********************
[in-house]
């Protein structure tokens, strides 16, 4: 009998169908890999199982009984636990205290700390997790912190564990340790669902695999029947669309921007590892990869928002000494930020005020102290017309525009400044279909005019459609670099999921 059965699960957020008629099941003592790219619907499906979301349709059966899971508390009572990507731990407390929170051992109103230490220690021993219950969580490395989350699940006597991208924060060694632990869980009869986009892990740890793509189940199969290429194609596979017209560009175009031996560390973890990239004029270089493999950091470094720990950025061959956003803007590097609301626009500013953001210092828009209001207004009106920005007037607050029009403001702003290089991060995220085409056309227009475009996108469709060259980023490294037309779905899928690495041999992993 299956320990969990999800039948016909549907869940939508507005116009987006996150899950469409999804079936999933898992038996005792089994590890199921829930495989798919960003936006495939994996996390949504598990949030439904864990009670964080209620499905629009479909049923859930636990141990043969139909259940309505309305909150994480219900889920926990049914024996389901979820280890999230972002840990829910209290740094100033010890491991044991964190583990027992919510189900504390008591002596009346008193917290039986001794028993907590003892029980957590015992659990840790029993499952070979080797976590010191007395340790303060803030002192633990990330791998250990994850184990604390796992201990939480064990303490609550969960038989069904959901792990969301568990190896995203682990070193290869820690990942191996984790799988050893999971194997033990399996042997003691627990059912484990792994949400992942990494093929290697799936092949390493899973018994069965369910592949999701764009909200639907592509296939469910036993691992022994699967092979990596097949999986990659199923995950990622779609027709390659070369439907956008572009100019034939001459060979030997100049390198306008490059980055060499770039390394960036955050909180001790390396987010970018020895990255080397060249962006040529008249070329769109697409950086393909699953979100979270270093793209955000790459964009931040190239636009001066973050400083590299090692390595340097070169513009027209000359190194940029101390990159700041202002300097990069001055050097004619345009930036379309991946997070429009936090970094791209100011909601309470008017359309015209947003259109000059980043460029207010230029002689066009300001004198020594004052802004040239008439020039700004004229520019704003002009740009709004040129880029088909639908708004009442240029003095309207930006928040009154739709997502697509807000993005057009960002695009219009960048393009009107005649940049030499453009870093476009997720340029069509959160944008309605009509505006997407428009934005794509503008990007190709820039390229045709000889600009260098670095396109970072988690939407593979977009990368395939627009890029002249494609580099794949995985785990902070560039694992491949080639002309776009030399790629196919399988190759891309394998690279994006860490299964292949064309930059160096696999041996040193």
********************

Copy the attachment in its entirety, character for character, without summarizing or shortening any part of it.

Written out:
[in-house]
């Protein structure tokens, strides 16, 4: 009998169908890999199982009984636990205290700390997790912190564990340790669902695999029947669309921007590892990869928002000494930020005020102290017309525009400044279909005019459609670099999921 059965699960957020008629099941003592790219619907499906979301349709059966899971508390009572990507731990407390929170051992109103230490220690021993219950969580490395989350699940006597991208924060060694632990869980009869986009892990740890793509189940199969290429194609596979017209560009175009031996560390973890990239004029270089493999950091470094720990950025061959956003803007590097609301626009500013953001210092828009209001207004009106920005007037607050029009403001702003290089991060995220085409056309227009475009996108469709060259980023490294037309779905899928690495041999992993 299956320990969990999800039948016909549907869940939508507005116009987006996150899950469409999804079936999933898992038996005792089994590890199921829930495989798919960003936006495939994996996390949504598990949030439904864990009670964080209620499905629009479909049923859930636990141990043969139909259940309505309305909150994480219900889920926990049914024996389901979820280890999230972002840990829910209290740094100033010890491991044991964190583990027992919510189900504390008591002596009346008193917290039986001794028993907590003892029980957590015992659990840790029993499952070979080797976590010191007395340790303060803030002192633990990330791998250990994850184990604390796992201990939480064990303490609550969960038989069904959901792990969301568990190896995203682990070193290869820690990942191996984790799988050893999971194997033990399996042997003691627990059912484990792994949400992942990494093929290697799936092949390493899973018994069965369910592949999701764009909200639907592509296939469910036993691992022994699967092979990596097949999986990659199923995950990622779609027709390659070369439907956008572009100019034939001459060979030997100049390198306008490059980055060499770039390394960036955050909180001790390396987010970018020895990255080397060249962006040529008249070329769109697409950086393909699953979100979270270093793209955000790459964009931040190239636009001066973050400083590299090692390595340097070169513009027209000359190194940029101390990159700041202002300097990069001055050097004619345009930036379309991946997070429009936090970094791209100011909601309470008017359309015209947003259109000059980043460029207010230029002689066009300001004198020594004052802004040239008439020039700004004229520019704003002009740009709004040129880029088909639908708004009442240029003095309207930006928040009154739709997502697509807000993005057009960002695009219009960048393009009107005649940049030499453009870093476009997720340029069509959160944008309605009509505006997407428009934005794509503008990007190709820039390229045709000889600009260098670095396109970072988690939407593979977009990368395939627009890029002249494609580099794949995985785990902070560039694992491949080639002309776009030399790629196919399988190759891309394998690279994006860490299964292949064309930059160096696999041996040193």